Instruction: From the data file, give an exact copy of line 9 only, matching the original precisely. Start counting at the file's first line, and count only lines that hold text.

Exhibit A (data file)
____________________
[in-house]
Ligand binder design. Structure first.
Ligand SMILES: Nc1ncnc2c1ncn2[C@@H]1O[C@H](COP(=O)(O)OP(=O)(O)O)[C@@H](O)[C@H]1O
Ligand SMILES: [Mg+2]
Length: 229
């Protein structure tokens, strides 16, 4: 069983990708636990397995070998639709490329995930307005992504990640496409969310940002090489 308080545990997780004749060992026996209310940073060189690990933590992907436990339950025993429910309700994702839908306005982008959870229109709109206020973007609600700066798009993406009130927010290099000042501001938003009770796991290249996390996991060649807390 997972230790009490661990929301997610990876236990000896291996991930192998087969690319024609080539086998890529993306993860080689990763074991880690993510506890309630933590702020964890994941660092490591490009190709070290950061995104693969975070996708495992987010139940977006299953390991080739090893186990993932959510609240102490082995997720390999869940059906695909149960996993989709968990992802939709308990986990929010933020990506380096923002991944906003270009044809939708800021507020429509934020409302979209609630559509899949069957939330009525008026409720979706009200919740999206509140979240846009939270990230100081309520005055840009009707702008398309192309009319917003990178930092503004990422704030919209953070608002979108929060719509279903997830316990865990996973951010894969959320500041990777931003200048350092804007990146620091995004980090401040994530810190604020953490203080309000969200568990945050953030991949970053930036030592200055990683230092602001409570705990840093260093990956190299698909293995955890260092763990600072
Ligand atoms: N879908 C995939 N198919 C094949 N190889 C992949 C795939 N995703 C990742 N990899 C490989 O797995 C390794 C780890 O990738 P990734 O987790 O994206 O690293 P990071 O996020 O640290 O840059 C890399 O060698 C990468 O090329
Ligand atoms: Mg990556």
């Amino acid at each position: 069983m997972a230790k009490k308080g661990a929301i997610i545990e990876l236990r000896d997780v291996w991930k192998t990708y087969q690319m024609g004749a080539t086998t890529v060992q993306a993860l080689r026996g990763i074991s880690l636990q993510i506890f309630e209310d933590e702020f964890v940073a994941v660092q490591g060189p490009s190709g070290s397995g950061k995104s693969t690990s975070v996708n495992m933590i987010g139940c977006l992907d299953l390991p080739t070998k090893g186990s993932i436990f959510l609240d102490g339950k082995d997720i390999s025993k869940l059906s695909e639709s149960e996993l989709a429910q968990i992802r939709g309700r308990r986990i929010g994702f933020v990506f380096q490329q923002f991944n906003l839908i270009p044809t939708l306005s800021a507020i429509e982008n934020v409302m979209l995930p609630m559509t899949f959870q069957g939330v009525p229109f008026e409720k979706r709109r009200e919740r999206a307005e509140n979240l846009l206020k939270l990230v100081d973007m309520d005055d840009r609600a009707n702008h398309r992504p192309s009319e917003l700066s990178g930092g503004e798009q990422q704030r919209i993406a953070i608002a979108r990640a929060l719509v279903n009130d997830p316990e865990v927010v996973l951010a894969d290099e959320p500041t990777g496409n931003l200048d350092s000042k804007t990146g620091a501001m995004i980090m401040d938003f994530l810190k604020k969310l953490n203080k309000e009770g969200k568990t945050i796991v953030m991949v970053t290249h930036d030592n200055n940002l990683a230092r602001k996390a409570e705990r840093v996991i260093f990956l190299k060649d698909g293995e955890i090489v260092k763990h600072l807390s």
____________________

């Amino acid at each position: 069983m997972a230790k009490k308080g661990a929301i997610i545990e990876l236990r000896d997780v291996w991930k192998t990708y087969q690319m024609g004749a080539t086998t890529v060992q993306a993860l080689r026996g990763i074991s880690l636990q993510i506890f309630e209310d933590e702020f964890v940073a994941v660092q490591g060189p490009s190709g070290s397995g950061k995104s693969t690990s975070v996708n495992m933590i987010g139940c977006l992907d299953l390991p080739t070998k090893g186990s993932i436990f959510l609240d102490g339950k082995d997720i390999s025993k869940l059906s695909e639709s149960e996993l989709a429910q968990i992802r939709g309700r308990r986990i929010g994702f933020v990506f380096q490329q923002f991944n906003l839908i270009p044809t939708l306005s800021a507020i429509e982008n934020v409302m979209l995930p609630m559509t899949f959870q069957g939330v009525p229109f008026e409720k979706r709109r009200e919740r999206a307005e509140n979240l846009l206020k939270l990230v100081d973007m309520d005055d840009r609600a009707n702008h398309r992504p192309s009319e917003l700066s990178g930092g503004e798009q990422q704030r919209i993406a953070i608002a979108r990640a929060l719509v279903n009130d997830p316990e865990v927010v996973l951010a894969d290099e959320p500041t990777g496409n931003l200048d350092s000042k804007t990146g620091a501001m995004i980090m401040d938003f994530l810190k604020k969310l953490n203080k309000e009770g969200k568990t945050i796991v953030m991949v970053t290249h930036d030592n200055n940002l990683a230092r602001k996390a409570e705990r840093v996991i260093f990956l190299k060649d698909g293995e955890i090489v260092k763990h600072l807390s």